Always on the look for better cases for my Raspberry Pi and the overall retro gaming experience, I think this could be the perfect solution! It isn’t too expensive either!
On the outside the case looks like a great replica of the SNES Mini. That is correct America, we call it the SNES in Europe and not the Super Famicom like Japan. It’s the same name as the American console, just looks better. The fact that it looks like a replica of the SNES Mini is in my opinion, not a bad thing.
What I really like about this case is that it includes everything to get a nice setup on the go. Provided inside the case is a power board with safe shutdown and two front passthrough USB ports. There is space in the case for fitting a cooling fan and the power board also includes a fan header.
You may have noticed the Retroflag branded controller above, that is included too. My favourite retro controller ever is the 8Bitdo SFC30 which I’ve written about already and the Retroflag controller feels almost identical. It was quickly and easily set up with RetroPie on first boot.
You’ll see above my Raspberry Pi 3 B fitted to the case and wired up – the photo confirms a few things here; the power switch works, the reset button works and the cartridge eject button pops open a storage void in the case for SD cards… or other SD card sized items. The front USB ports connect to the two USB connections closest to the front of the console and the other two will be accessible via a removable size panel.
The safe shutdown switch is disabled by default but I’d highly recommend using this. It does require install of a script but takes only a few minutes to do. Once enabled, when you power off the Pi using the power switch it’ll safely shutdown the Pi before cutting power to it – very cool. You can see the location for the fan just next to the GPIO pins and the fan header next to the reset button.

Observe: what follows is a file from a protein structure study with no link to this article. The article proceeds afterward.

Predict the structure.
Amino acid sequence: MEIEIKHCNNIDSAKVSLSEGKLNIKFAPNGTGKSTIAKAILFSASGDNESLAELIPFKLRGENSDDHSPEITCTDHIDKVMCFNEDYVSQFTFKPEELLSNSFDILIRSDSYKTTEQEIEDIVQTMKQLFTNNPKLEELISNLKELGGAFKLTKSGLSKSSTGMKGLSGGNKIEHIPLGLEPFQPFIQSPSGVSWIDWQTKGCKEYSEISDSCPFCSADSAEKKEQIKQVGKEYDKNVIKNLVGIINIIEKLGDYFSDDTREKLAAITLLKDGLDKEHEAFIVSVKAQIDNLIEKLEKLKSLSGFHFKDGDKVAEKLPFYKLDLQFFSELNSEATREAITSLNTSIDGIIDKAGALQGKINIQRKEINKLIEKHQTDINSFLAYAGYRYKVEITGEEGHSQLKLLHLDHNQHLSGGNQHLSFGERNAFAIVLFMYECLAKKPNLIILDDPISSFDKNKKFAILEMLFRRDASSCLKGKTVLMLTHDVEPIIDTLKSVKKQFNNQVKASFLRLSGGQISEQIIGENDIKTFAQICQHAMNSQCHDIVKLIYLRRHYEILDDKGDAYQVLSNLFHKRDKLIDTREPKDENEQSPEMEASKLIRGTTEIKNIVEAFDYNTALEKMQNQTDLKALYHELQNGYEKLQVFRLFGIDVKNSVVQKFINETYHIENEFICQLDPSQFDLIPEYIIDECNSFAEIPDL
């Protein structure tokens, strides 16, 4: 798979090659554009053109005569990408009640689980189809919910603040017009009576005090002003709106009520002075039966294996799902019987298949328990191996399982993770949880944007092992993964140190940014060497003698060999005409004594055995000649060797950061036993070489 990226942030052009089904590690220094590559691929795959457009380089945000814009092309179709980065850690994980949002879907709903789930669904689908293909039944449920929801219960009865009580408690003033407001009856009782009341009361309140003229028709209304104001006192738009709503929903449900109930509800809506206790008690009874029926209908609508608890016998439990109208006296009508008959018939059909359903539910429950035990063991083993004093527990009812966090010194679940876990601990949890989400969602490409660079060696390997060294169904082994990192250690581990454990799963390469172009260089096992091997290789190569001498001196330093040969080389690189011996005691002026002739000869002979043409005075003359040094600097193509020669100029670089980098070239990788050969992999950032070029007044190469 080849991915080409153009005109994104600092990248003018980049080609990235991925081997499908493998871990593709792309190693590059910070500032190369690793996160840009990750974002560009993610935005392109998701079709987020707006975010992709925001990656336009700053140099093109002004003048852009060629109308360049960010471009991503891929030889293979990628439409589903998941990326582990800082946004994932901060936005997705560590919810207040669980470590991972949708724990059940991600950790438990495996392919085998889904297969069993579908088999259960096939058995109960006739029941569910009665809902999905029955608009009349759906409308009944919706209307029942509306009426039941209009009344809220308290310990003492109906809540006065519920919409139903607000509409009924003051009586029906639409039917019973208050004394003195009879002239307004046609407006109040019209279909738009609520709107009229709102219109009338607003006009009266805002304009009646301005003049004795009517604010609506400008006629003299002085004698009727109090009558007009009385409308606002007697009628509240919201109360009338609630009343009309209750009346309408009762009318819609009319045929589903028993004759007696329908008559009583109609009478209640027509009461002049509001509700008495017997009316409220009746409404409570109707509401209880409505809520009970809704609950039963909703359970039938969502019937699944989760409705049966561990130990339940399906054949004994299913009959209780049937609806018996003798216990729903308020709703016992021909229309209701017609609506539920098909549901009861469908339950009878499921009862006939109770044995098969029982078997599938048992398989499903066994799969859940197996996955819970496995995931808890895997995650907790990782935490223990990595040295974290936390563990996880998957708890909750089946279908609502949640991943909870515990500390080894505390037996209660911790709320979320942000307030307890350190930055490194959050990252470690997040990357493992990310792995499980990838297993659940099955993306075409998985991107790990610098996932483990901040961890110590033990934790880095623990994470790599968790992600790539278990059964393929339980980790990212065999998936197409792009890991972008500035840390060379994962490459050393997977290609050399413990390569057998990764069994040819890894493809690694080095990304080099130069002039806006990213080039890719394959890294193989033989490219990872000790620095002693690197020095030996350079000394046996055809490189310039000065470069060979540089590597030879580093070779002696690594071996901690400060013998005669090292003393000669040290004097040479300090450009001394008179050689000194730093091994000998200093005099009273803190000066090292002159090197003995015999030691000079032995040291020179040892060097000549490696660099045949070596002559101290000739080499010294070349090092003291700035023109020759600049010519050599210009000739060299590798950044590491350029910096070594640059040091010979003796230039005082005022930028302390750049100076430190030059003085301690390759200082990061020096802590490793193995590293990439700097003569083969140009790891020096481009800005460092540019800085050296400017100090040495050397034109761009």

On the rear of the case the alignment of the HDMI and Composite/Analog Audio is perfect. The Micro USB connection is not that of the Pi, but a separate connection that runs to the power board. Power to the Pi is delivered via the GPIO pins using this case. Orientation of the connection from the powerboard is important and clearly marked on the instructions. A removable panel at the side allows access to the USB and Ethernet ports on the Pi itself.
I’m not sure how the case is manufactured but it doesn’t have that cheap horrible texture that most 3D Printed cases do, once screwed together it really feels like an OEM quality product. Personally I’d have liked it more without the Retroflag and SUPERPi markings – if they’d put them on as stickers I’d have removed them for a cleaner look. In the photo above I have the Pi running with one controller connected via USB and the other via Bluetooth and it works great!
I picked mines up for £23.99 on eBay which I think is an absolute steal for the quality of the product. Like a lot of these cases, I wouldn’t be surprised if they sell out fast. Grab yours here!